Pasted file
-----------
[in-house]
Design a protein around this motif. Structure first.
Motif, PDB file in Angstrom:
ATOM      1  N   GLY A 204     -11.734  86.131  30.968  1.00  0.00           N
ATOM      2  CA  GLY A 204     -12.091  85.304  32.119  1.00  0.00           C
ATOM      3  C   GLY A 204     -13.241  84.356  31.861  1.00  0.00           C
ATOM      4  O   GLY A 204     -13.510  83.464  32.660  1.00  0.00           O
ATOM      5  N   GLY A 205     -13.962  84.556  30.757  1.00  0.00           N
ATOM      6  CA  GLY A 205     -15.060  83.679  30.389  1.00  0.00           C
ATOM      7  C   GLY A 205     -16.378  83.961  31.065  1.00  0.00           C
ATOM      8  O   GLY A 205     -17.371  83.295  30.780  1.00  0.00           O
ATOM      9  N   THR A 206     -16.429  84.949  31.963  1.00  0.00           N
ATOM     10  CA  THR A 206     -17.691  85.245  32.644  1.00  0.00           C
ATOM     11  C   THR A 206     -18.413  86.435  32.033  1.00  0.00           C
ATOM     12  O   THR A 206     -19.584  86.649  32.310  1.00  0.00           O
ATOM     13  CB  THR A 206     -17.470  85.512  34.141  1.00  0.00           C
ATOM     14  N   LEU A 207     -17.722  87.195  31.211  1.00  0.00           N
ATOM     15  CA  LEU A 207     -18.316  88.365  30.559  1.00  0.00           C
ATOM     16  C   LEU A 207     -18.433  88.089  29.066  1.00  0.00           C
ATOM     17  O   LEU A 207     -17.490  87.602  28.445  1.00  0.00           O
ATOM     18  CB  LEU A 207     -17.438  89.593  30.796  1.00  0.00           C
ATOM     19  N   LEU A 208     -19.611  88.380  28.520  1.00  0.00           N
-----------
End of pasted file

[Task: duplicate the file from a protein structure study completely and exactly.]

[in-house]
Design a protein around this motif. Structure first.
Motif, PDB file in Angstrom:
ATOM      1  N   GLY A 204     -11.734  86.131  30.968  1.00  0.00           N
ATOM      2  CA  GLY A 204     -12.091  85.304  32.119  1.00  0.00           C
ATOM      3  C   GLY A 204     -13.241  84.356  31.861  1.00  0.00           C
ATOM      4  O   GLY A 204     -13.510  83.464  32.660  1.00  0.00           O
ATOM      5  N   GLY A 205     -13.962  84.556  30.757  1.00  0.00           N
ATOM      6  CA  GLY A 205     -15.060  83.679  30.389  1.00  0.00           C
ATOM      7  C   GLY A 205     -16.378  83.961  31.065  1.00  0.00           C
ATOM      8  O   GLY A 205     -17.371  83.295  30.780  1.00  0.00           O
ATOM      9  N   THR A 206     -16.429  84.949  31.963  1.00  0.00           N
ATOM     10  CA  THR A 206     -17.691  85.245  32.644  1.00  0.00           C
ATOM     11  C   THR A 206     -18.413  86.435  32.033  1.00  0.00           C
ATOM     12  O   THR A 206     -19.584  86.649  32.310  1.00  0.00           O
ATOM     13  CB  THR A 206     -17.470  85.512  34.141  1.00  0.00           C
ATOM     14  N   LEU A 207     -17.722  87.195  31.211  1.00  0.00           N
ATOM     15  CA  LEU A 207     -18.316  88.365  30.559  1.00  0.00           C
ATOM     16  C   LEU A 207     -18.433  88.089  29.066  1.00  0.00           C
ATOM     17  O   LEU A 207     -17.490  87.602  28.445  1.00  0.00           O
ATOM     18  CB  LEU A 207     -17.438  89.593  30.796  1.00  0.00           C
ATOM     19  N   LEU A 208     -19.611  88.380  28.520  1.00  0.00           N